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MSO Plays Das Lied von der Erde

Andrea Gillum

A heart-achingly wondrous night from The Melbourne Symphony Orchestra, wine included.
MSO Plays Das Lied von der Erde

Sir Andrew Davis, conductor Das Lied Von Der Erde image via MSO.

Two brilliantly matched pieces, Schubert’s Unfinished Symphony No.8 and Mahler’s Das Lied von der Erde, made up an extraordinary feast of seductive and wild music at Hamer Hall.

Unfinished Symphony No.8 has only two movements – speculations on the reasons it was never finished range from Schubert wanting to concentrate on writing opera to the piece being perfect as it is. It doesn’t end abruptly but you do find yourself suddenly blinking in the daylight when you had been gently floating under water. The MSO infused Unfinished Symphony with charisma and charm – it was an entrancing joy. It left the feeling that anything might happen – expertly setting the scene for the rest of the evening.

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A lot of Mahler’s work is adventurous and Das Lied von der Erde is the epitome of this. It was written as a six-song cycle but combined with symphonic elements morphing into something astounding. Mahler wrote this work during an intensely emotional time after the loss of his daughter and his mother-in-law. He also had heart trouble (but not as is startlingly evident) trouble with his creative heart. Parts of this piece ache. The ache is flung from the orchestra and drips from the walls over the audience. And then comes the dancing, the drinking and the love.

Das Lied von der Erde means The Song of the Earth and contains six songs – ‘The Drinking Song of Earth’s Sorrow’, ‘The Lonely Man in Autumn’, ‘Of Youth’, ‘Of Beauty’, ‘The Drunken Man in Spring’ and ‘The Farewell’. The general theme is one of the extreme beauty of the world and how we should spend our fleeting time upon it drinking wine and dancing. The songs are based loosely on Chinese poetry and are written for two alternating soloists. 

When Tenor, Stuart Skelton and Mezzo-Soprano, Catherine Wyn-Rogers stepped onto the stage they exuded a reassuring presence. They commanded our attention and held it. From Skelton’s first full volume notes we were his. Equally Wyn-Rogers wrapped us in her voice and we were pulled willingly along to the famously intense and unsettling Farewell.

The performance was cinematic (echoes of John Williams assuaged me frequently). The orchestra flew from wild dancing highs to meanderingly haunting depths and back again. The woodwind soared and caressed the score, the double bass gnawed and rumbled until the violins faded, the bells sounded and finally, the pause – bows held aloft in a perfect still life. It was epic and I felt we were witnessing something profound.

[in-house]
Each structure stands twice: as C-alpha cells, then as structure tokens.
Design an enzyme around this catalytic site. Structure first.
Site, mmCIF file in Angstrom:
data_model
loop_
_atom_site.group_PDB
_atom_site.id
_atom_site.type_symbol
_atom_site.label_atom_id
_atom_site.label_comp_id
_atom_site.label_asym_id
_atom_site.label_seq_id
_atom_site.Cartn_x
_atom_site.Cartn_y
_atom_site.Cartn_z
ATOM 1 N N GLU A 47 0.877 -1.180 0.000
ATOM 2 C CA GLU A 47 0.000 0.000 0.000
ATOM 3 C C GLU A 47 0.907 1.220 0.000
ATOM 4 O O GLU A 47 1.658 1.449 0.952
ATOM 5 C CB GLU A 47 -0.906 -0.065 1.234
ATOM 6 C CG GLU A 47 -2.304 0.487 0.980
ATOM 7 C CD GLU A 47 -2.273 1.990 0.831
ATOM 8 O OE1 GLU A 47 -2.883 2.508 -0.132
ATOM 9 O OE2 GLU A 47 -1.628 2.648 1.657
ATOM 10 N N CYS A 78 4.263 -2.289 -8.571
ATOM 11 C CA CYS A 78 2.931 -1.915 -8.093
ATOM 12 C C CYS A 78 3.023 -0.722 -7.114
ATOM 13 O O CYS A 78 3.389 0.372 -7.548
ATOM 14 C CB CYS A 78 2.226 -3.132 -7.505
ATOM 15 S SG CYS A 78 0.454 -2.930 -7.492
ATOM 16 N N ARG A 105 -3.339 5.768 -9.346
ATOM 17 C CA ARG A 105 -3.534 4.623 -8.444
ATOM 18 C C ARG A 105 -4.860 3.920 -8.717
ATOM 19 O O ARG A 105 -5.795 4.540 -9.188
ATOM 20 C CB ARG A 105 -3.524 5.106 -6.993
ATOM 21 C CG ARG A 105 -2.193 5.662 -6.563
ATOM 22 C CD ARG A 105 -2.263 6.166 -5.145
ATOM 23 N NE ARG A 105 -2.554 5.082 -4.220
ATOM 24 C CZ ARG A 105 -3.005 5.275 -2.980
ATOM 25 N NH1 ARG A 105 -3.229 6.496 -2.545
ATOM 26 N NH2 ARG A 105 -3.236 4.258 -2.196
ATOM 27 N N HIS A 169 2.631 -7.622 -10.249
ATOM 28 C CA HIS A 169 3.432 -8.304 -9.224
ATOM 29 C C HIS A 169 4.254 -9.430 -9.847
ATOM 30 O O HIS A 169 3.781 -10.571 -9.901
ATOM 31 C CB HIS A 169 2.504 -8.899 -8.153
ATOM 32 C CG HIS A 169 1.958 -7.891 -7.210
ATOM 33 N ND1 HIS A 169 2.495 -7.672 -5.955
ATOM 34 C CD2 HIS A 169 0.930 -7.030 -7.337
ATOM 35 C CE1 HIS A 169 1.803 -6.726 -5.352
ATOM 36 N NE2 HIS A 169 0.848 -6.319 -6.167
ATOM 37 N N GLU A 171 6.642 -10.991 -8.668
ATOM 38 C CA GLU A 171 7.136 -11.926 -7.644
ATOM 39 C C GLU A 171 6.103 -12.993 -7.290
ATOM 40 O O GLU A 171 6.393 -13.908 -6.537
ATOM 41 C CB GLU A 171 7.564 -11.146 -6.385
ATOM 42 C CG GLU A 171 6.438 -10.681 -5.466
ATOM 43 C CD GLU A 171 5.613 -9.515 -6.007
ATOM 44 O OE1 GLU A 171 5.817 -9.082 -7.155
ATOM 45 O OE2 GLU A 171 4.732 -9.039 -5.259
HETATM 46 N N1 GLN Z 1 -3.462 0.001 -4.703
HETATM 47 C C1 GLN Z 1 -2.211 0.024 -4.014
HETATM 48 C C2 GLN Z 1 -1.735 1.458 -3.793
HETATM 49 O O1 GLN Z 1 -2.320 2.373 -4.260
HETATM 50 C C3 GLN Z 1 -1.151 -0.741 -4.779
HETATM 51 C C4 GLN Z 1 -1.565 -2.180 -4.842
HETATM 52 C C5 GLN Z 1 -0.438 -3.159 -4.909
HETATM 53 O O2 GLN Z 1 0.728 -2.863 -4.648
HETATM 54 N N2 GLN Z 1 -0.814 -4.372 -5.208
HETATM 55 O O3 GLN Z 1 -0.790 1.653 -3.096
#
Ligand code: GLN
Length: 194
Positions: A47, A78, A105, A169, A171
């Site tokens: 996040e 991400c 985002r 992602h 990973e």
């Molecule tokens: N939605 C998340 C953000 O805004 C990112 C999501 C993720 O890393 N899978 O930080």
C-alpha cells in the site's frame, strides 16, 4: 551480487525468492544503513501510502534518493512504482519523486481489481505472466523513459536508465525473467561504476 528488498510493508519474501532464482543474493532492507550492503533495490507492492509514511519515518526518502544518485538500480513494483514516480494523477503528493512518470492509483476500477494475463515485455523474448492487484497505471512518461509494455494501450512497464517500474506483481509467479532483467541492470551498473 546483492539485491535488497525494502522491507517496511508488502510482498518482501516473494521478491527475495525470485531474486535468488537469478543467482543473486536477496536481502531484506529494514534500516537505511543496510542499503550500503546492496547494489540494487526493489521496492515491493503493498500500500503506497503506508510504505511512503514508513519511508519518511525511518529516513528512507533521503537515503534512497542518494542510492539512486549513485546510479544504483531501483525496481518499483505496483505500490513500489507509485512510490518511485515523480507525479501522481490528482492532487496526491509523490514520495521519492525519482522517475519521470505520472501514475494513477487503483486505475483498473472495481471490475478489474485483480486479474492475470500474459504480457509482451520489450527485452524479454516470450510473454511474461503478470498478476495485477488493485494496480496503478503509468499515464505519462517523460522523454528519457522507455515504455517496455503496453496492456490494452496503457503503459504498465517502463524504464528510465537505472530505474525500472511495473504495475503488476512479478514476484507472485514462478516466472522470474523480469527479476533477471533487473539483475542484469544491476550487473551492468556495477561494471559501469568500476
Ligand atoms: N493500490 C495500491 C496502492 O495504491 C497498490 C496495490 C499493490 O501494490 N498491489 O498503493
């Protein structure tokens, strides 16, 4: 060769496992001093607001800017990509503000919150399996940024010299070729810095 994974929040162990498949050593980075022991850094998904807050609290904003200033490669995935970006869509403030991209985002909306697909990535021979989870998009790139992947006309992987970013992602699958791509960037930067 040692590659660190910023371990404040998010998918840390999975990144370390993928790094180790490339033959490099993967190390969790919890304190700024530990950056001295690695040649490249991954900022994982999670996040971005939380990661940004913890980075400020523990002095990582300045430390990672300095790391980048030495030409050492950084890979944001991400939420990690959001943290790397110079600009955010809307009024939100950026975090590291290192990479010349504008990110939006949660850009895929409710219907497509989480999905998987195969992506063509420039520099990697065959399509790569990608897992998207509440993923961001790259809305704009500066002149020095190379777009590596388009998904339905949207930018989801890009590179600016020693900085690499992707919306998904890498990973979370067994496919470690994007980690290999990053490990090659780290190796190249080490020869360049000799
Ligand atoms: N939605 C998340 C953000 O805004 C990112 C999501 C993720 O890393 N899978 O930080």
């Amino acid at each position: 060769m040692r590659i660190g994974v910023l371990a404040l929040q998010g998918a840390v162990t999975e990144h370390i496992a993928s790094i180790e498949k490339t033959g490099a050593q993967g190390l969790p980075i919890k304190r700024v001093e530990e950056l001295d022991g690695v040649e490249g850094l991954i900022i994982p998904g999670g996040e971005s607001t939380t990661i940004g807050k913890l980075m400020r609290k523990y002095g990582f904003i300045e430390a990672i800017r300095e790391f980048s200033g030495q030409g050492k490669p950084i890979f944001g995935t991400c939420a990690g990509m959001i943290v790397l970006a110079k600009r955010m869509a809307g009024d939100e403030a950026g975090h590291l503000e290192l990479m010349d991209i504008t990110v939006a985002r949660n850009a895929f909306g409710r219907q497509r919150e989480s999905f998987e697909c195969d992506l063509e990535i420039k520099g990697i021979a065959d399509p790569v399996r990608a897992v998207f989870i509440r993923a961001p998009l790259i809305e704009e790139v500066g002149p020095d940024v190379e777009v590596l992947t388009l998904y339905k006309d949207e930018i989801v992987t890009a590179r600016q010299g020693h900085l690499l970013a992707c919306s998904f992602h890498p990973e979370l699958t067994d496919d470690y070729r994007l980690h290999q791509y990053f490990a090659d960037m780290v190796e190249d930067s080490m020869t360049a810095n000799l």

There was a skip, a dance in my step as I left the theatre. I stood, heart a flutter, the skyline lit up behind Hamer Hall, and thought – perhaps it is time for some wine.

Rating: 5 stars out of 5

Das Lied Von Der Erde

Melbourne Symphony Orchestra
Franz Scgubert: Unfinised Symphony No.8 in B Minor, D759 Unfinished.
Gustav Mahler: Das Lied von der Erde
Sir Andrew Davies - Conductor
Stuart Skelton – Tenor
Catherine Wyn-Rogers – Mezzo-soprano
Hamer Hall
29 June 2017

What the stars mean?
  • Five stars: Exceptional, unforgettable, a must see
  • Four and a half stars: Excellent, definitely worth seeing
  • Four stars: Accomplished and engrossing but not the best of its kind
  • Three and a half stars: Good, clever, well made, but not brilliant
  • Three stars: Solid, enjoyable, but unremarkable or flawed
  • Two and half stars: Neither good nor bad, just adequate
  • Two stars: Not without its moments, but ultimately unsuccessful
  • One star: Awful, to be avoided
  • Zero stars: Genuinely dreadful, bad on every level

About the author

Andrea Gillum is a creative and professional writer. She often writes on the themes of identity and belonging. She is particularly passionate about the interaction of music, memory and place.

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